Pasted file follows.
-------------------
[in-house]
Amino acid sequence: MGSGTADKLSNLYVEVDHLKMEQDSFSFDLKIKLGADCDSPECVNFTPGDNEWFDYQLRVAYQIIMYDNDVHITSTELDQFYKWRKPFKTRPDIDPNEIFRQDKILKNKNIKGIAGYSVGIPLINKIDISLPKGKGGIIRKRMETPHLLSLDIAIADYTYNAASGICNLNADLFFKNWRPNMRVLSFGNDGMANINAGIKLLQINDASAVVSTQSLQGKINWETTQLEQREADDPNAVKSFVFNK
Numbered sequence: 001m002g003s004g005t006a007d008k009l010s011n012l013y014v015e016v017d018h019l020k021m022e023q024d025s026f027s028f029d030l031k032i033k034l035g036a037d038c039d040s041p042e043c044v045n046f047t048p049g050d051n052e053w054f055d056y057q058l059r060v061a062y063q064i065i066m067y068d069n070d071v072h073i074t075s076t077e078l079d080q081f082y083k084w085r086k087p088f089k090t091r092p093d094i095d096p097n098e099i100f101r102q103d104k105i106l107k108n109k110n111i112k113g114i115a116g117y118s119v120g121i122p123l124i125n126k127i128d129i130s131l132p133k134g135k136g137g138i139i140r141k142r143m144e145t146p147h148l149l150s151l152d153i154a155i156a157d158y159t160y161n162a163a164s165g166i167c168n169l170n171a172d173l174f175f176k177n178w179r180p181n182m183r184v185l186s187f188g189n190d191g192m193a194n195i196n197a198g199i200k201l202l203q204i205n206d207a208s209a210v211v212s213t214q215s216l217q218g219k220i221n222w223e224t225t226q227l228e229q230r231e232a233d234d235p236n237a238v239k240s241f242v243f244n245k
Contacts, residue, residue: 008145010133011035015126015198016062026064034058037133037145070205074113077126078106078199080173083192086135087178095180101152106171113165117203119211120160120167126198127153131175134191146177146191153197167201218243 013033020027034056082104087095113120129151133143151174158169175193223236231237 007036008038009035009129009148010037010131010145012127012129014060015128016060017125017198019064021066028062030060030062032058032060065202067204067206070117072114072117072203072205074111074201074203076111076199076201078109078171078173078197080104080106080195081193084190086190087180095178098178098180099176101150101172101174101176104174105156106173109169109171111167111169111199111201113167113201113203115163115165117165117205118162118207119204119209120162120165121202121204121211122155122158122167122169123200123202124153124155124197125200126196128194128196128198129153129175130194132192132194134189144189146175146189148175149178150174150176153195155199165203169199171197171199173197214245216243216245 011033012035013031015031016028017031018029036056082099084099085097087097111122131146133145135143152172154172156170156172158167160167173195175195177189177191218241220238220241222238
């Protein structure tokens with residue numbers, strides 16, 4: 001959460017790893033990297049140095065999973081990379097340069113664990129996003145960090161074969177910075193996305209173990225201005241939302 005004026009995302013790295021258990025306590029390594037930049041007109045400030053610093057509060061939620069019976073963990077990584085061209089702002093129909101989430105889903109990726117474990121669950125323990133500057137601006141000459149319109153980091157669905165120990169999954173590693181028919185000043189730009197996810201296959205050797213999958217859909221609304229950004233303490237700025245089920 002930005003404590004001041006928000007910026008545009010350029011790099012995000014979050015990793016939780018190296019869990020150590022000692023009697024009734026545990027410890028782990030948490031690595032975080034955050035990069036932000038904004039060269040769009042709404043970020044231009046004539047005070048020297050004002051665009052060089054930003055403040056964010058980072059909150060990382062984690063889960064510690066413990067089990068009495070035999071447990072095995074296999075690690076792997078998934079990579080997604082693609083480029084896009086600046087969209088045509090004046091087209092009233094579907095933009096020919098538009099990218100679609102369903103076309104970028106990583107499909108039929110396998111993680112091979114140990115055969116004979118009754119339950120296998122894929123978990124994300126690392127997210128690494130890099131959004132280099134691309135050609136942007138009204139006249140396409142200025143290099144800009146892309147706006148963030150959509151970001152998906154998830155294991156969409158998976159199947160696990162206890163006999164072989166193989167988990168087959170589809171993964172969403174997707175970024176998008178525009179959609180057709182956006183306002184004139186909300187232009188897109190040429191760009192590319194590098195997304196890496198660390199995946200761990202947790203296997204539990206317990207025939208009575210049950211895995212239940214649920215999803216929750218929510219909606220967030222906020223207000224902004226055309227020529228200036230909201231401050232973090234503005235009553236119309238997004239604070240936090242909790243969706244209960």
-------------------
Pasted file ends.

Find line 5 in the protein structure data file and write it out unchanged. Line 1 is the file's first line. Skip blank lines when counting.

């Protein structure tokens with residue numbers, strides 16, 4: 001959460017790893033990297049140095065999973081990379097340069113664990129996003145960090161074969177910075193996305209173990225201005241939302 005004026009995302013790295021258990025306590029390594037930049041007109045400030053610093057509060061939620069019976073963990077990584085061209089702002093129909101989430105889903109990726117474990121669950125323990133500057137601006141000459149319109153980091157669905165120990169999954173590693181028919185000043189730009197996810201296959205050797213999958217859909221609304229950004233303490237700025245089920 002930005003404590004001041006928000007910026008545009010350029011790099012995000014979050015990793016939780018190296019869990020150590022000692023009697024009734026545990027410890028782990030948490031690595032975080034955050035990069036932000038904004039060269040769009042709404043970020044231009046004539047005070048020297050004002051665009052060089054930003055403040056964010058980072059909150060990382062984690063889960064510690066413990067089990068009495070035999071447990072095995074296999075690690076792997078998934079990579080997604082693609083480029084896009086600046087969209088045509090004046091087209092009233094579907095933009096020919098538009099990218100679609102369903103076309104970028106990583107499909108039929110396998111993680112091979114140990115055969116004979118009754119339950120296998122894929123978990124994300126690392127997210128690494130890099131959004132280099134691309135050609136942007138009204139006249140396409142200025143290099144800009146892309147706006148963030150959509151970001152998906154998830155294991156969409158998976159199947160696990162206890163006999164072989166193989167988990168087959170589809171993964172969403174997707175970024176998008178525009179959609180057709182956006183306002184004139186909300187232009188897109190040429191760009192590319194590098195997304196890496198660390199995946200761990202947790203296997204539990206317990207025939208009575210049950211895995212239940214649920215999803216929750218929510219909606220967030222906020223207000224902004226055309227020529228200036230909201231401050232973090234503005235009553236119309238997004239604070240936090242909790243969706244209960």